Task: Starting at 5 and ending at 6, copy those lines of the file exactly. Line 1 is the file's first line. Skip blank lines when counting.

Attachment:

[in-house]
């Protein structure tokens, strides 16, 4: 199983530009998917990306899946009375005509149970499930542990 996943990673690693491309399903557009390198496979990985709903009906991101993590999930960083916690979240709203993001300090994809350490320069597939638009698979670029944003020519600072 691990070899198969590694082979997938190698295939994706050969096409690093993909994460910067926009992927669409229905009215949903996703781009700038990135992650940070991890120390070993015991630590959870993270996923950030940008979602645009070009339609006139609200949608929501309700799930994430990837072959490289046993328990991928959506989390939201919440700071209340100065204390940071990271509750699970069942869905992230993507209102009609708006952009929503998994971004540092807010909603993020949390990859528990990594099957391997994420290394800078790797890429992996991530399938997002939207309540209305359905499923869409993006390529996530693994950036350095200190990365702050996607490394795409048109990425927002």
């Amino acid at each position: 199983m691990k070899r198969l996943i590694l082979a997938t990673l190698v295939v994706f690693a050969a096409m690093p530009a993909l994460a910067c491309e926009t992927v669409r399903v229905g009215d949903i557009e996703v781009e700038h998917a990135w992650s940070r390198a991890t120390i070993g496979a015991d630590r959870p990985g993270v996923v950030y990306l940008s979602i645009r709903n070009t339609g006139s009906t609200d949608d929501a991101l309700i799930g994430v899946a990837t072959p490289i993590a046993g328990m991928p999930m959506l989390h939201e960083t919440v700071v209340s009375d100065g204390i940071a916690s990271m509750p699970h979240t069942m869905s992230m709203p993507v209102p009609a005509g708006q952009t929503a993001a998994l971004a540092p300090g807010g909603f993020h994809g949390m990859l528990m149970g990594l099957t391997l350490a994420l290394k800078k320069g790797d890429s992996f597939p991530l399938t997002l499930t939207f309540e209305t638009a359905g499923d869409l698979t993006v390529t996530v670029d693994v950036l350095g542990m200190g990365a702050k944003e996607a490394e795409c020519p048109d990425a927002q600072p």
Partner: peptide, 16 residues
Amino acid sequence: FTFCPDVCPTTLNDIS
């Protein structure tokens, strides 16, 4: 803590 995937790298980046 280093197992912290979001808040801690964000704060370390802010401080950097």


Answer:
Amino acid sequence: FTFCPDVCPTTLNDIS
């Protein structure tokens, strides 16, 4: 803590 995937790298980046 280093197992912290979001808040801690964000704060370390802010401080950097």